There’s no better remedy for the heat than coastal Maine’s rocky shore, fir forests, and shady, tree-lined paths.

Located on Mount Desert Island, Acadia National Park is open to cyclists of all levels and features one of the area’s best-kept riding secrets—nearly 50 miles of gravel carriage roads, spearheaded by John D. Rockefeller as horse trails and repurposed to accommodate bikes.

Acadia’s most famous road is, without a doubt, 22-mile Park Loop Road, which follows the eastern shore of the park. Gorgeous but congested, this road is open to cyclists—but be warned: it gets crowded and narrow, and features plenty of blind spots.

The park’s carriage road network, open in summer and fall, does not allow vehicles and provides a safer alternative. This system connects multiple trails, so you can customize your trip based on where they intersect.

Concentrated in the east, the roads ferry you through the interior of the island, crossing original stone bridges along the way. Consider Hulls Cove as an entry point—use this map to orient yourself! Keep an eye on storm and wildlife closures while planning your trip, as well. Early spring rains tend to get the paths muddy, and mud closures are not uncommon.

Make Bar Harbor your home base for exploring Acadia. The seaside town will take care of all your bike needs, and Main Street is lined with shops, restaurants, and diverse local businesses.

Acadia is your taste of New England, and biking the carriage roads is the best way to get to know a less-traveled part of Mount Desert Island throughout your visit.


Mount Rainier National Park

Lone hiker watching moonrise against a starry sky over a snowy peak at Mount Rainier.

If you’re looking for an alpine challenge, Washington’s Mount Rainier National Park checks all the boxes. Steady elevation gain, majestic views, and Northwestern woodland makes the park an outdoor enthusiast’s playground. Make the climbs by bike, and you’ll feel at the top of your game as you reach heights well over 3,000 feet.

Two hours from Downtown Seattle, the park’s Nisqually Entrance launches you onto Paradise Road, a 19-mile climb ending at the historic Paradise Inn and an adjacent visitor’s center—and yes, there are burgers!

Ringed by mountaintops and sitting at 5,400 feet, the Paradise meadows are often blanketed with wildflowers, and it’s easy to spend a few hours’ rest in the area after your ride. Beautiful but popular, this road tends to have high traffic, so consider avoiding weekends and peak hours.

Right behind Paradise Road, Sunrise is the next best-known option for those entering the park from the White River entrance. Totaling 14 miles one way out of the north east, the stretch leading to Sunrise Point is part of the state’s highest paved road.

Ending in the foothills of Emmons Glacier, the ride opens up to all-around views of not only looming Mt. Rainier, but surrounding peaks as well.

Start early, break a personal record, and get to know the Cascades personally on your next Northwest expedition.


Shenandoah National Park/Great Smoky Mountains National Park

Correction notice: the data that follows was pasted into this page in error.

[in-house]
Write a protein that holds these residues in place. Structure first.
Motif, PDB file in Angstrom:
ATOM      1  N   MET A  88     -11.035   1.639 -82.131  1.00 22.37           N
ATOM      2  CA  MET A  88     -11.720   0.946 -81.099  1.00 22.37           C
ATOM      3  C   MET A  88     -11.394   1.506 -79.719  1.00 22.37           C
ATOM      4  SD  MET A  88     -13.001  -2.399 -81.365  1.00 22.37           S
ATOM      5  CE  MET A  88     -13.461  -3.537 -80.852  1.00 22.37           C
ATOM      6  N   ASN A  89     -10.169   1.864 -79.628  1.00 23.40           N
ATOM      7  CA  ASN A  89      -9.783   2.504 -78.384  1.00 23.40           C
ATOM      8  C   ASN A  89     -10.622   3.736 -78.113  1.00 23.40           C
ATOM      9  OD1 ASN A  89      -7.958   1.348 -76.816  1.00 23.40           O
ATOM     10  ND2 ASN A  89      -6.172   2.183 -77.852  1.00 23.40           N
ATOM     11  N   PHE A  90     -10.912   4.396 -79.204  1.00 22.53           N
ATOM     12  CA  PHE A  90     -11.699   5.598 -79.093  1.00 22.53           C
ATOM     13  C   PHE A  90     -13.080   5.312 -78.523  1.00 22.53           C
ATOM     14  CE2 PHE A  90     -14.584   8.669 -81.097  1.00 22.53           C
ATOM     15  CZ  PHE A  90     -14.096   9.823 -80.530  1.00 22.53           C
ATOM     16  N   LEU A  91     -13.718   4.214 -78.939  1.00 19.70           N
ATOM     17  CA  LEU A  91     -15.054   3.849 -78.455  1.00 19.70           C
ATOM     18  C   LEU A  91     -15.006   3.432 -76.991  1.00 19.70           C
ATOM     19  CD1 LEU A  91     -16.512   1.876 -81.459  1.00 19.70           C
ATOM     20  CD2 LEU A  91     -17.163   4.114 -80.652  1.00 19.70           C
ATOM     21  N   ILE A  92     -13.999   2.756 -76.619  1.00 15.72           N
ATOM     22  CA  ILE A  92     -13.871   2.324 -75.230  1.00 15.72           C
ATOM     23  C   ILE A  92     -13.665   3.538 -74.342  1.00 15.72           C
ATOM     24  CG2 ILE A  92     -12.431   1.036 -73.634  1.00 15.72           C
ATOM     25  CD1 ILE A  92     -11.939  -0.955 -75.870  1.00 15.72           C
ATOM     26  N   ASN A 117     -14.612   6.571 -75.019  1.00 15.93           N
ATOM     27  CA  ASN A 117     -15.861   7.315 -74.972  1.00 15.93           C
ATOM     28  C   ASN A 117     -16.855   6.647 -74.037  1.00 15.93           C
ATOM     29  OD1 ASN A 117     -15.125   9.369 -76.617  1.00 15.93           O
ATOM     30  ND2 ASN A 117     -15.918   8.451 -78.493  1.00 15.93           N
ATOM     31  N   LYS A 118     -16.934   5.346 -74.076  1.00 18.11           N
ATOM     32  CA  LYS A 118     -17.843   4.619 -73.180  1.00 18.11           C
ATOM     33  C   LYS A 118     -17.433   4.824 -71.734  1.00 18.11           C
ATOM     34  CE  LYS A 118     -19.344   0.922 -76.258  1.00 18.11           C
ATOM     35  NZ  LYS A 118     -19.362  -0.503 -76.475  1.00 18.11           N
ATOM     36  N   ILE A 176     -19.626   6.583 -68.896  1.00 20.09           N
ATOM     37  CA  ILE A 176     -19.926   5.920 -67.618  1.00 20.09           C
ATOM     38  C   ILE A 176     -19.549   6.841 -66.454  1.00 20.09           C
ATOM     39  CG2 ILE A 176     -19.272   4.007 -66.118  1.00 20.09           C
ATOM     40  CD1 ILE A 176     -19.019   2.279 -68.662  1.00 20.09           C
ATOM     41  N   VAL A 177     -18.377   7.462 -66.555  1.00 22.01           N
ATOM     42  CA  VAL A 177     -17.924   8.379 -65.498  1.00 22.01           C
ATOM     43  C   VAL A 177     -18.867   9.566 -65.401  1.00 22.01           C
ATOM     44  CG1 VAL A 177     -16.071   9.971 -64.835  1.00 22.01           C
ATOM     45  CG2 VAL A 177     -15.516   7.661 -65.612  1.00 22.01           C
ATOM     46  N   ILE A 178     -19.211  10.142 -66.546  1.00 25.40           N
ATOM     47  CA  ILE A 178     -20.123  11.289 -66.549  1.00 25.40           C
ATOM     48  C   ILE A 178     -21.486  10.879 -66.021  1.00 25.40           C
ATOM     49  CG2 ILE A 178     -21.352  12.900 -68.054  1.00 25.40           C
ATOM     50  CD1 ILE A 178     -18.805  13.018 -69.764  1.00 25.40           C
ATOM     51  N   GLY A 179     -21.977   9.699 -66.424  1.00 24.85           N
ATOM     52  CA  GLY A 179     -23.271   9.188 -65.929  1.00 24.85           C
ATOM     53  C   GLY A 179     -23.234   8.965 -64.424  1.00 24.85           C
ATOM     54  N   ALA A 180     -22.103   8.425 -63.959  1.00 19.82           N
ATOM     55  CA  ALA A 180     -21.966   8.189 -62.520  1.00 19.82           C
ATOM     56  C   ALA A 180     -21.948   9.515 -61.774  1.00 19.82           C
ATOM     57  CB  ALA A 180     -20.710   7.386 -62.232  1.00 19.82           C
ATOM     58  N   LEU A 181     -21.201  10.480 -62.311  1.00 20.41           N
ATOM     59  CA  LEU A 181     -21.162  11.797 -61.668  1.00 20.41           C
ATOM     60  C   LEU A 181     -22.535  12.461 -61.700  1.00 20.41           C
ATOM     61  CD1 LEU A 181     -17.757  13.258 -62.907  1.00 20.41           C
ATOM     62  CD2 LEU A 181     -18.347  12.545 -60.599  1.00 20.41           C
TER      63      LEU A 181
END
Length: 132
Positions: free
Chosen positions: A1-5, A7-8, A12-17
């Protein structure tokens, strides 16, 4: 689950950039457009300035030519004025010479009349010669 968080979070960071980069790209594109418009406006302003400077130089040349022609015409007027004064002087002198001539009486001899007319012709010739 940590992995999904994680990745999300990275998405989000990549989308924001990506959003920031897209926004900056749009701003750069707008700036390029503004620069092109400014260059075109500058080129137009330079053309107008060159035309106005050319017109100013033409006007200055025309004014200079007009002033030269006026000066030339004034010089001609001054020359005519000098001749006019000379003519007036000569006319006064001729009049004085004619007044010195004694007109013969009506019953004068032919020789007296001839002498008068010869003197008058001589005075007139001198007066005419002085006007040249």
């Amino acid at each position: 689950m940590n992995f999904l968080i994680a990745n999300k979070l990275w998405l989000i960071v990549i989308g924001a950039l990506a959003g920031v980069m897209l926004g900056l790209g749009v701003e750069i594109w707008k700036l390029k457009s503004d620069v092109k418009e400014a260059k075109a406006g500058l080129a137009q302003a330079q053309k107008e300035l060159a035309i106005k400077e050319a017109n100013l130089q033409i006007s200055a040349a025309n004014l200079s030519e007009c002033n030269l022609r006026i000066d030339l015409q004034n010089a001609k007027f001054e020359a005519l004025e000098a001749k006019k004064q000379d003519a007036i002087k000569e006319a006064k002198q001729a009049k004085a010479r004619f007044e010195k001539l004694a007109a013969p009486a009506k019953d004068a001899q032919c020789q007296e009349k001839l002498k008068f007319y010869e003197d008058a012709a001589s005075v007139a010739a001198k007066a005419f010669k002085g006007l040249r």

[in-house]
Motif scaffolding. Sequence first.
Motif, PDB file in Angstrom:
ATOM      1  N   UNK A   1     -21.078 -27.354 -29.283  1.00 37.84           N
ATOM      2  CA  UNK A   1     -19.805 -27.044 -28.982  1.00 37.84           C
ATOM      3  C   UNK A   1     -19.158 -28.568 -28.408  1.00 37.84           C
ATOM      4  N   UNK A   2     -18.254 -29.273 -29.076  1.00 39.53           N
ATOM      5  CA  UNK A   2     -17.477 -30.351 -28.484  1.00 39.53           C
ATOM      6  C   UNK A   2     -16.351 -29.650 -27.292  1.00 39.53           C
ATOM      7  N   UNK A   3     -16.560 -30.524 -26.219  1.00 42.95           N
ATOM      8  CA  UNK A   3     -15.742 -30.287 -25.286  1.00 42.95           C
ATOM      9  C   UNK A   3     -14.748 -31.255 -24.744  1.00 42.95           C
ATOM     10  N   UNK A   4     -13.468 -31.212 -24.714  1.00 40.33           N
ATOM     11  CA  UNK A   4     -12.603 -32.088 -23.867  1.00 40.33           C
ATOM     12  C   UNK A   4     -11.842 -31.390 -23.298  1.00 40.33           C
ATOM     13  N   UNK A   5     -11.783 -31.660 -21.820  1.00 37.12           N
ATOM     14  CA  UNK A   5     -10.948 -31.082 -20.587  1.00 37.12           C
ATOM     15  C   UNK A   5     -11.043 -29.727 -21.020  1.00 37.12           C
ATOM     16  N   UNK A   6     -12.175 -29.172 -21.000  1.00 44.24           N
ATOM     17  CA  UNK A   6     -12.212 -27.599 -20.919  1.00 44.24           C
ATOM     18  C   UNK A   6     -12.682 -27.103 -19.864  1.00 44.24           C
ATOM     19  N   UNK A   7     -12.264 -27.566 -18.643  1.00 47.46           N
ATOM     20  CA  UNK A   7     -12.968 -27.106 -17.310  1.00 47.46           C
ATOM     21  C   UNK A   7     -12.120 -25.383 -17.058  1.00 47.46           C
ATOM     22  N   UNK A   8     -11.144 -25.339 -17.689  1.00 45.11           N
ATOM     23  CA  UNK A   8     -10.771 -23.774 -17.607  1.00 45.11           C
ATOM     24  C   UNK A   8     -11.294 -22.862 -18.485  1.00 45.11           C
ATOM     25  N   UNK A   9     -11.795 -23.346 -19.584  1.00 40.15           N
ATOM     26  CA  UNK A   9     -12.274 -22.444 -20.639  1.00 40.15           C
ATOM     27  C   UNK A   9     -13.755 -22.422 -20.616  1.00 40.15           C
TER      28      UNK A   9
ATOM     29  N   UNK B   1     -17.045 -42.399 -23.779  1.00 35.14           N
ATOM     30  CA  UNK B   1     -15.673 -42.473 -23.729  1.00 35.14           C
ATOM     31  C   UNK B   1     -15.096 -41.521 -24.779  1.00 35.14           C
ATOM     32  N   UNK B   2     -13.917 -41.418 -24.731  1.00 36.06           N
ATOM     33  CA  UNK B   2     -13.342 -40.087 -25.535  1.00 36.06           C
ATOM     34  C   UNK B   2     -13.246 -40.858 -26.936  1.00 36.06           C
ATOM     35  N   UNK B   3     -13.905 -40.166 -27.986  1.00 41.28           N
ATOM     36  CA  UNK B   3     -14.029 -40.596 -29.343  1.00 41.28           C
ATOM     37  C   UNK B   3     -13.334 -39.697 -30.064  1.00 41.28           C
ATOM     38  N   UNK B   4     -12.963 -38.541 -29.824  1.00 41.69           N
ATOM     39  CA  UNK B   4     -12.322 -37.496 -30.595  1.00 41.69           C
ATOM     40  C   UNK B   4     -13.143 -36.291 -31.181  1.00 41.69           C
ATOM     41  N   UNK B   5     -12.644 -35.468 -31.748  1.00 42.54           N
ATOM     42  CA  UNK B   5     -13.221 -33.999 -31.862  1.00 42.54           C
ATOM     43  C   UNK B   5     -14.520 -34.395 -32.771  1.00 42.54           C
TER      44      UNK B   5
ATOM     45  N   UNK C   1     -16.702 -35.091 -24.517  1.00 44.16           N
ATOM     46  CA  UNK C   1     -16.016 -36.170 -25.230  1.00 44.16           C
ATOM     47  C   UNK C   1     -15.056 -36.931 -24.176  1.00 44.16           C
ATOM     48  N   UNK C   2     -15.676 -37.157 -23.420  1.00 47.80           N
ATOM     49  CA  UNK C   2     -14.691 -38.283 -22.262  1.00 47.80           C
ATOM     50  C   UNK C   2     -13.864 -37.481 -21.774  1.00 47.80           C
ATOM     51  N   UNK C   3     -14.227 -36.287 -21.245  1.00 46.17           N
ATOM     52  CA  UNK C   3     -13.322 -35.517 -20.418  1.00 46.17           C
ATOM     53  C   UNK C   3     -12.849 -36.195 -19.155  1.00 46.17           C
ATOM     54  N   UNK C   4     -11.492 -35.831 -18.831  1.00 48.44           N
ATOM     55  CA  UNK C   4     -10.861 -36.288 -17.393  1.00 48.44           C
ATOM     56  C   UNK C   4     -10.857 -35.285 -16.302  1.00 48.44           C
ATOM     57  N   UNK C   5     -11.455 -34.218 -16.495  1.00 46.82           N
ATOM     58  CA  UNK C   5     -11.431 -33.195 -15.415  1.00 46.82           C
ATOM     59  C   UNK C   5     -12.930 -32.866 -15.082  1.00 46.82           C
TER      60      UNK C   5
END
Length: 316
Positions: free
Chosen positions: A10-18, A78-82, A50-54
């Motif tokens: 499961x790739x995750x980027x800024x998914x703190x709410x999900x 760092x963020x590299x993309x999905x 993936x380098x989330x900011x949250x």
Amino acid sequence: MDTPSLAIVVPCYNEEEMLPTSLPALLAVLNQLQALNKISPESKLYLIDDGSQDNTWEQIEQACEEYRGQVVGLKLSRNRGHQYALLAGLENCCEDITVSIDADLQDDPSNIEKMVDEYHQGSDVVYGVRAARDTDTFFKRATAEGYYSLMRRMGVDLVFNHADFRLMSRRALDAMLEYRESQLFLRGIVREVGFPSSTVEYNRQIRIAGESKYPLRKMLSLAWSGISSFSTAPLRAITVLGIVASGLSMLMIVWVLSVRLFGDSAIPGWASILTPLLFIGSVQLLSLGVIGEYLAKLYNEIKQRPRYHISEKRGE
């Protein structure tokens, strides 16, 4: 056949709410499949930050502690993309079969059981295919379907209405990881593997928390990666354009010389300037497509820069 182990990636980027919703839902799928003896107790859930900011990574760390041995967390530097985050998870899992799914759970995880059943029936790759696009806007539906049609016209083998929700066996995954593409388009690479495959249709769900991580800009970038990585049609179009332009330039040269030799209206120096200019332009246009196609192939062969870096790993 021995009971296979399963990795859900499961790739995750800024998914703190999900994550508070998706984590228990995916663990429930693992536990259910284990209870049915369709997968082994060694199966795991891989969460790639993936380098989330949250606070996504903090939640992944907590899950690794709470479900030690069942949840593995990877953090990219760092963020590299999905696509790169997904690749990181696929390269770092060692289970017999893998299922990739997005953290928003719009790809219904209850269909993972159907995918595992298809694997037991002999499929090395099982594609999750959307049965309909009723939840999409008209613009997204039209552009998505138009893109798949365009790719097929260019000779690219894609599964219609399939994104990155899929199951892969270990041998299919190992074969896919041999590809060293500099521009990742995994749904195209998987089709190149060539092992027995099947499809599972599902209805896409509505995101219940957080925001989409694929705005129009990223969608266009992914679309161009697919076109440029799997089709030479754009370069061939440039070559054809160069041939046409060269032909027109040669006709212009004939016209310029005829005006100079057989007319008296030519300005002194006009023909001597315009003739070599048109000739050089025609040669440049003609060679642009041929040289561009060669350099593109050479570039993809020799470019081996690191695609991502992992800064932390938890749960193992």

Sunset at Shenandoah National Park over the mountain range with orange sky.

The Appalachians are no Rockies in terms of elevation, but the Eastern range boasts some of its own unmatched characteristics.

Cycle the Blue Ridge Mountains in Virginia’s Shenandoah National Park to see the land of gaps and hollows, as made popular in folk legend and lore. Skyline Drive, which cuts diagonally through the park and is open to cyclists, starts in Front Royal and ends at Rockfish Gap, where it turns into the famous Blue Ridge Parkway.

Skyline Drive itself totals 105 miles one way, making it a good option for a multi-day excursion or a section ride. For overnighters, Big Meadows is a conveniently located halfway point, featuring a campground and a resort.

The drive is definitely steep, and you’ll be sharing the road with traffic—and the occasional black bear. Elevation dips, rolls, and climbs frequently, as you’ll virtually be following the crest of the range and reaching heights well over 3,000 feet.

Mileposts line the west side of the drive, keeping you updated on progress, and there are a total of 75 overlooks for those moments of doubt, reflection, and snacking. Views of the Shenandoah Valley and the Piedmont are abundant, and the road is categorized as a National Scenic Byway.

This ride is best suited for experienced cyclists who can sustain long climbs. Devoting a few days to the experience would be a great introduction to bike touring, for those who have only done day trips in the past.

If you’re feeling ambitious, start at Front Royal, head 105 miles southwest on Skyline Drive, and don’t stop in Rockfish Gap! Continue on the Blue Ridge Parkway, which can take you anywhere from Roanoke, Virginia, to the gateway to the Smokies in Cherokee, North Carolina. Take the plunge in autumn to witness the area’s incredible foliage and take advantage of the cooler climate!

Speaking of which, Great Smoky Mountains National Park rivals Shenandoah in its rocky ridges, native forests, and Appalachian history. The park’s Cades Cove Loop is a significantly milder ride for those looking to spend only a few hours on the bike.

This 11-mile loop is closed to vehicles on Wednesdays during the summer season, and there’s even a bike rental service available right at the Cades Cove Campground. All you have to do is pick your cruiser, get on the road, and admire the sights.


Cuyahoga Valley National Park

Whitewater cascades over rock ledges of beautiful Bridal Veil Falls, a waterfall photographed in the colorful autumn landscape of Cuyahoga Valley National Park of northeast Ohio.

Sitting between the urban centers of Cleveland and Akron, Cuyahoga Valley National Park is a rare oasis in suburbia, easily accessible from both metro areas.

Waterfalls, streams, and greenery fill the park, which offers 125 miles of hiking trails to let off that city steam. For a slightly hilly but not exceedingly challenging day ride, hop on the park’s Towpath Trail, which runs along the former route of the Ohio & Erie Canalway.

Lock 39, Station Road Bridge, Ira and Lock 29 Trailheads all offer access to the trail, as do the villages of Boston and Botzum.

If you choose to only ride the trail one way, the Cuyahoga Valley Scenic Railroad—one of the park’s main draws—accepts bikes onboard and can bring you back to your starting point in minutes.